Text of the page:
Istigkeit

The German word

Istigkeit

translates as "Isness"

What "is" isness?

I'll get to that in a moment.

Let's talk for a moment about Relational Frame Theory, and the unique characteristics of human intelligence.

Humans, us, we know how to build links. If we're taught that A links to B, and that B links to C, hang on let's use a symbology for this, let's say that we are told:

A -> B
B -> C

Then we will build all of the other relations. Automatically, without conscious thought we will do this.

Firstly we can build the converse relations.

B -> A
C -> B

And we can build the transitive relations.

A -> C

We can also build the converse transitive relations....

C -> A.

Thus starting from 2 relations...

A -> B
B -> C

We can develop these into 6 relations...

A -> B
B -> C
B -> A
C -> B
A -> C
C -> A

But it gets quickly worse!

We can relate the relations...

If we label each of these relations....

(A -> B) = D
(B -> C) = E
(B -> A) = F
(C -> B) = G
(A -> C) = H
(C -> A) = I

We can compare and reason about the relations between the relations....

D -> E
E -> D
D -> F
F -> E
...

And so on.

You see the infinite varieties that arise?

Aside from the infinite unbounded varieties... we can also get unbounded cycles. (i.e. recursion, stack overflow...)

If for example we fail to notice that

(D -> E) -> (A -> B)

is the same as:

(D -> E) -> (D)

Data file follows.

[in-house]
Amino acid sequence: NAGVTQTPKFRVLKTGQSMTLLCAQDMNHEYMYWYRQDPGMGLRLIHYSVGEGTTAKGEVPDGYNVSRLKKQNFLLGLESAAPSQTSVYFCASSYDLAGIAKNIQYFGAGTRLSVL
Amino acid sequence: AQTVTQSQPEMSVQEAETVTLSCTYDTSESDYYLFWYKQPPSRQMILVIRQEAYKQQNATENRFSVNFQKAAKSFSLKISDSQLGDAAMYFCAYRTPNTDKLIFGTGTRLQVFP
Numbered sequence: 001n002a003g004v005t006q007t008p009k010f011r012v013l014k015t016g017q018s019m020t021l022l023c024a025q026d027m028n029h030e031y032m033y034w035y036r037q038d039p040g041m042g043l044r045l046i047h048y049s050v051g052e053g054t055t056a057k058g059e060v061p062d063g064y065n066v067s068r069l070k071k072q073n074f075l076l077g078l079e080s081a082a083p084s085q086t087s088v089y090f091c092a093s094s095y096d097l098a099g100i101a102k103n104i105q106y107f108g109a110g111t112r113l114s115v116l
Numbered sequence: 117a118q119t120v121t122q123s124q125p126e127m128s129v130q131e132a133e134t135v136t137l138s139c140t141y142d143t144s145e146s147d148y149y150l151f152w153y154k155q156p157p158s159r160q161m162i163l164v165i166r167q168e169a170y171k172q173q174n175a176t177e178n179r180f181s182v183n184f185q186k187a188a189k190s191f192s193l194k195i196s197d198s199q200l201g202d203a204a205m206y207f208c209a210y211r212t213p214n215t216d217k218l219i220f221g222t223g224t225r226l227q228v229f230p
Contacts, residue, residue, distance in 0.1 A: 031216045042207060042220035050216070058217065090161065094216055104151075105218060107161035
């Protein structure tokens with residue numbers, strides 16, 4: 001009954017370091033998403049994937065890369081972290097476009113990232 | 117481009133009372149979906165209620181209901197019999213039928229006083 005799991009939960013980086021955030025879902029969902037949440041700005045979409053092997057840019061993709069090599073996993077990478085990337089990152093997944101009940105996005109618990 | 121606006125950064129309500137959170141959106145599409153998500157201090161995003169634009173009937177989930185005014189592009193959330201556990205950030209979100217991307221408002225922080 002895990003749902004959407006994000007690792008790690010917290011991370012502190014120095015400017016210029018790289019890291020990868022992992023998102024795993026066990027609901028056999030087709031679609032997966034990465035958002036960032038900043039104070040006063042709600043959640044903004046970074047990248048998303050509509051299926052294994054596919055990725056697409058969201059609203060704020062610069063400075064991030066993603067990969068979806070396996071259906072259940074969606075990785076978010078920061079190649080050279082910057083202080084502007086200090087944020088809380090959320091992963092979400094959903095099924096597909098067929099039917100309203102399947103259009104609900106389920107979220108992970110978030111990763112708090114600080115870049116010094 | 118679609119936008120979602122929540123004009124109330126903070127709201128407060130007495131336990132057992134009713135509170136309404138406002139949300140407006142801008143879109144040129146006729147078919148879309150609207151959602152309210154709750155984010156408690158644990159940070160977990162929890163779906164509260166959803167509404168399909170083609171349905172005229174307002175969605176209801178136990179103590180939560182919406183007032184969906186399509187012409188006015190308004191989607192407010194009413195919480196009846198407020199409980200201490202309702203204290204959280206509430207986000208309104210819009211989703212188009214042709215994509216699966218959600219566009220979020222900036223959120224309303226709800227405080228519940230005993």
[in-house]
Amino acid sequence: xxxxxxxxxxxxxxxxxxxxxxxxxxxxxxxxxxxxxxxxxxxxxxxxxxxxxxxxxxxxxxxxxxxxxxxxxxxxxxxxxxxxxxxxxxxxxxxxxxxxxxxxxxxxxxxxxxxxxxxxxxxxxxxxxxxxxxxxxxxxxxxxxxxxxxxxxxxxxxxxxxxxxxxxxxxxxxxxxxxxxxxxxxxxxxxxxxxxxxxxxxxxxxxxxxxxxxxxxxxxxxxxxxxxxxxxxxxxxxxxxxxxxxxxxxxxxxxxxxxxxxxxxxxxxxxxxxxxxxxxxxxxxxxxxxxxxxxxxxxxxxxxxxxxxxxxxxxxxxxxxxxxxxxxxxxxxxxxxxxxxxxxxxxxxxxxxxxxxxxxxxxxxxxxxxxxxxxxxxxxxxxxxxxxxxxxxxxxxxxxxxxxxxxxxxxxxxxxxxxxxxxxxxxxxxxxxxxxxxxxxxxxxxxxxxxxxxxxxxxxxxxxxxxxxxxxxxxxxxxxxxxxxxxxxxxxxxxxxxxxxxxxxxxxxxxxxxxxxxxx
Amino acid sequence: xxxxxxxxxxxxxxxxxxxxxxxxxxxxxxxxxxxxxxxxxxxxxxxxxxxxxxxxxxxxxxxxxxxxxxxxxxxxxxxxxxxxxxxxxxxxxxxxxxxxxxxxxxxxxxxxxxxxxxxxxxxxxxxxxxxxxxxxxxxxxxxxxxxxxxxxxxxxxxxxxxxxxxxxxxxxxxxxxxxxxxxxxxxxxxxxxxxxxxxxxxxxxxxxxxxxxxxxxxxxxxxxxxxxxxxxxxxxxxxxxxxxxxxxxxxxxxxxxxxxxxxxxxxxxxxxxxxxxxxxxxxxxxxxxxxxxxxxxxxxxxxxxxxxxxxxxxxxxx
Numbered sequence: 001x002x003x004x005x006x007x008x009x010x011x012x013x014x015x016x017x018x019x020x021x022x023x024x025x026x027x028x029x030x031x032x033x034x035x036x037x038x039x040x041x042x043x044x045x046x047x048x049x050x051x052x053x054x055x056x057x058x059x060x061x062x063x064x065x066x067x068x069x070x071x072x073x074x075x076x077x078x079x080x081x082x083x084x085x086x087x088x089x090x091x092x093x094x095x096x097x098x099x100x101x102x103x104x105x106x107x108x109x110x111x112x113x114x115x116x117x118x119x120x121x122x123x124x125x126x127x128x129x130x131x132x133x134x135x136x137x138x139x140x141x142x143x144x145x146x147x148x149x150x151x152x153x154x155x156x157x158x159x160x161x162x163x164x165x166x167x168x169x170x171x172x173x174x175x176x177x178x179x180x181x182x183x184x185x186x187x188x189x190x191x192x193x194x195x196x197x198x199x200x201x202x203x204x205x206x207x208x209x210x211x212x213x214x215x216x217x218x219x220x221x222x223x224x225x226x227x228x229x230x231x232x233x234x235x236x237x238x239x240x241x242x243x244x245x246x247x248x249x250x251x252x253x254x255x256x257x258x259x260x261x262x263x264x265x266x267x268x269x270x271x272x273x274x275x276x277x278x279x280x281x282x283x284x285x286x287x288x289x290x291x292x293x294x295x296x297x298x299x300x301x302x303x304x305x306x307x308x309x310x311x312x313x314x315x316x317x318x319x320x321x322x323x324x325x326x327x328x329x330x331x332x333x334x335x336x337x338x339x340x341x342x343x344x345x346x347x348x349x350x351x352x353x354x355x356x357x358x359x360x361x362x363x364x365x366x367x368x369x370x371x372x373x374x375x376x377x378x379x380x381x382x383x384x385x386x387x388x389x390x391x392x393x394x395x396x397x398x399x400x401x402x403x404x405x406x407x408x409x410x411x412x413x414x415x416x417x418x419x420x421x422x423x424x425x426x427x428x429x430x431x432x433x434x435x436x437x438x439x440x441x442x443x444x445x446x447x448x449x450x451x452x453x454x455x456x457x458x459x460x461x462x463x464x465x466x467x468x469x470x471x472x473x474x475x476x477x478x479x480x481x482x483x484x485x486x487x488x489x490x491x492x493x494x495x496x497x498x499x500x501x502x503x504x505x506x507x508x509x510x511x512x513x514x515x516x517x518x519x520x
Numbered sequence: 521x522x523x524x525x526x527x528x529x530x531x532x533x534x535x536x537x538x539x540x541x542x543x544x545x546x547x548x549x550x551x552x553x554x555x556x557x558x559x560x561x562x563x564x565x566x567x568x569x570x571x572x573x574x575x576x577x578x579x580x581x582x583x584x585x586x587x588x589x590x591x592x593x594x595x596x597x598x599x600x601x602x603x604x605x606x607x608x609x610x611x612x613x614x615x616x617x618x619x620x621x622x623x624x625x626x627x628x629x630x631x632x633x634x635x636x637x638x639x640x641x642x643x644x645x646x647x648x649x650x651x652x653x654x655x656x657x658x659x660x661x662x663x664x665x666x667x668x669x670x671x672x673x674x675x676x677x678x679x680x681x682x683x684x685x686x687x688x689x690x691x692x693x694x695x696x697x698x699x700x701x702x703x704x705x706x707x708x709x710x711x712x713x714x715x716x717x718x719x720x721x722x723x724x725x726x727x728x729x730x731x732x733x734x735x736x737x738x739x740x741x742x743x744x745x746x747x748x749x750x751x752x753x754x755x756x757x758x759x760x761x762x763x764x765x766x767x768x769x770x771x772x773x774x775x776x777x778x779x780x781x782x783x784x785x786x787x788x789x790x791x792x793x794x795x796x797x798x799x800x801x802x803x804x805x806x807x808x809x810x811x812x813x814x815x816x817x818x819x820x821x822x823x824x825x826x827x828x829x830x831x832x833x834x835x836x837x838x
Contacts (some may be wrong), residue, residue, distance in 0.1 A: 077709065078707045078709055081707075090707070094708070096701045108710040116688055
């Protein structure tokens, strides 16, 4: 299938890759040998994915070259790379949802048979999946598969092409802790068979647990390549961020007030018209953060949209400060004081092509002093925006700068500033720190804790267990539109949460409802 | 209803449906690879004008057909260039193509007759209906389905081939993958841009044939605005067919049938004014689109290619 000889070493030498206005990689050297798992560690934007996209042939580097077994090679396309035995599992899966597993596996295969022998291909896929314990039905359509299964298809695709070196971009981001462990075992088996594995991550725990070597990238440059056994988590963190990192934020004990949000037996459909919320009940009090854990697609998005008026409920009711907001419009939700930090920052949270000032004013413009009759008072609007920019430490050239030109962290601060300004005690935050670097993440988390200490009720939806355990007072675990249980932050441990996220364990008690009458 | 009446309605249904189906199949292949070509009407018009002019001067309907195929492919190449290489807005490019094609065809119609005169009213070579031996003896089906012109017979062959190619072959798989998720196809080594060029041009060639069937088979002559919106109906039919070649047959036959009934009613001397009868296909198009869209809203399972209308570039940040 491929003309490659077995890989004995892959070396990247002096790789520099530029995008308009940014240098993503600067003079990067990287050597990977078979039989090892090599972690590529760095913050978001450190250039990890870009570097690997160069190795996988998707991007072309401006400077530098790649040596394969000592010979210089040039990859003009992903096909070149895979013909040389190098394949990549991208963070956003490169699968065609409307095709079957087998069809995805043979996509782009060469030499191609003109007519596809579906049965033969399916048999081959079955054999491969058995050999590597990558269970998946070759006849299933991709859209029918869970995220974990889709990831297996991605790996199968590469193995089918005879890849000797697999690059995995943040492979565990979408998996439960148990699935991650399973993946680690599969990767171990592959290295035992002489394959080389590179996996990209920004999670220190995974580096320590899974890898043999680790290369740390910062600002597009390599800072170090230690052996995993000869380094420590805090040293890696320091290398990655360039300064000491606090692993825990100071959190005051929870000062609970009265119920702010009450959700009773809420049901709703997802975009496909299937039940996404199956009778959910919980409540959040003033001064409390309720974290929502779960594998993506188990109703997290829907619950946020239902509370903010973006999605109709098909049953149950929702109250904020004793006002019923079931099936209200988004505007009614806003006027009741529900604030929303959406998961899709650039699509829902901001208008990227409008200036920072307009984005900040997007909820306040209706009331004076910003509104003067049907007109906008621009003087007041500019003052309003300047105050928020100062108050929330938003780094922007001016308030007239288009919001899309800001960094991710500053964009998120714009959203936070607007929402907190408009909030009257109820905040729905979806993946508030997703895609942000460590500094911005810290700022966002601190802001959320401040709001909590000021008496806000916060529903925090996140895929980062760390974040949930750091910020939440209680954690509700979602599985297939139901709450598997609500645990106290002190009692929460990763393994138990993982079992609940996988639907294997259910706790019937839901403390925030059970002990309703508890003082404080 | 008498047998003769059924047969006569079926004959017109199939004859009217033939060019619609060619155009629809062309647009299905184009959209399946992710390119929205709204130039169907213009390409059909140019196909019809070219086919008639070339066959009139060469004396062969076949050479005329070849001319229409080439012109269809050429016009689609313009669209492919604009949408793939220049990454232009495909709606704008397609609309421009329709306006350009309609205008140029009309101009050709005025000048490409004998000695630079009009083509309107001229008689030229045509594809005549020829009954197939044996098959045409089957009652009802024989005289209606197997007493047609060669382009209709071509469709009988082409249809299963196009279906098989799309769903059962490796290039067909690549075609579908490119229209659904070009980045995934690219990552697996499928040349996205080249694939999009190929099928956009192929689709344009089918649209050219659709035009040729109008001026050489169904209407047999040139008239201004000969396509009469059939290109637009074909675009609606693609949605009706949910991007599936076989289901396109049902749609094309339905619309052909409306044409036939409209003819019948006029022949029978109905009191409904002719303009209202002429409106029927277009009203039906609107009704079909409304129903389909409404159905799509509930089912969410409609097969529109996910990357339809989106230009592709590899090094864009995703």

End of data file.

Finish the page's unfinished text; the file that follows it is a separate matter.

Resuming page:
We can then begin to compare the two things... let's label them as:

((D -> E) -> (A -> B)) = J
((D -> E) -> (D)) = K

You can create a relation J -> K without noticing that J = K and thus J -> K is the same as J -> J.

Hence there can be an infinite number of ways of relating A -> A — with no new information being generated or considered, but infinite energy expended.

Here's the essential lesson from the relational frame theory: The relation is as real as the thing itself. From the point of view of a human mind, our response (our degree of stimulation) to an internal representation of a "thing" is similar to, and can be larger than, the response we have to the thing itself.

This is what Plato was riffing on.

Plato's belief system went further than relational frame theory — he thought that the ideal of the thing was more real than the thing itself.

The thing is just a figment. The ideal is the real thing.

That's our fundamental intelligence, being able to believe in a symbol more than we can believe in a thing itself.

It's also the greatest cause of all our suffering.

The German word

Istigkeit

translates as "Isness"

Which is it? The thing, or the representation of the thing? Which has the most istigkeit? If you believe Plato, then the thing itself has less istigkeit than the idea of the thing. The results of RFT show that the idea of the thing can have more influence over our lives than any thing itself.

there is nothing either good or bad, but thinking makes it so

We can get lost in a mental ant-mill

We can build fantasy cities, paracosms, castles made of sand, with no value.

Nothing external nothing real.

Nothing that ties them back to putting food in the belly.

They can outlive any given thing. Our ideas can easily outlive our bodies.

Once humanity itself is gone, our ideas will still exist, in dormant form, awaiting the arrival of a fresh set of neural networks to represent them and bring them back into being.

In that dormant form, does the idea cease to exist?

Tolkien's paracosm, Middle Earth: did it cease to "be" when Tolkien's mind stop inhabiting it?

Or, much simpler: does Pythagoras' theorem still exist, even when there is no-one to think it, no books to store it?

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See Also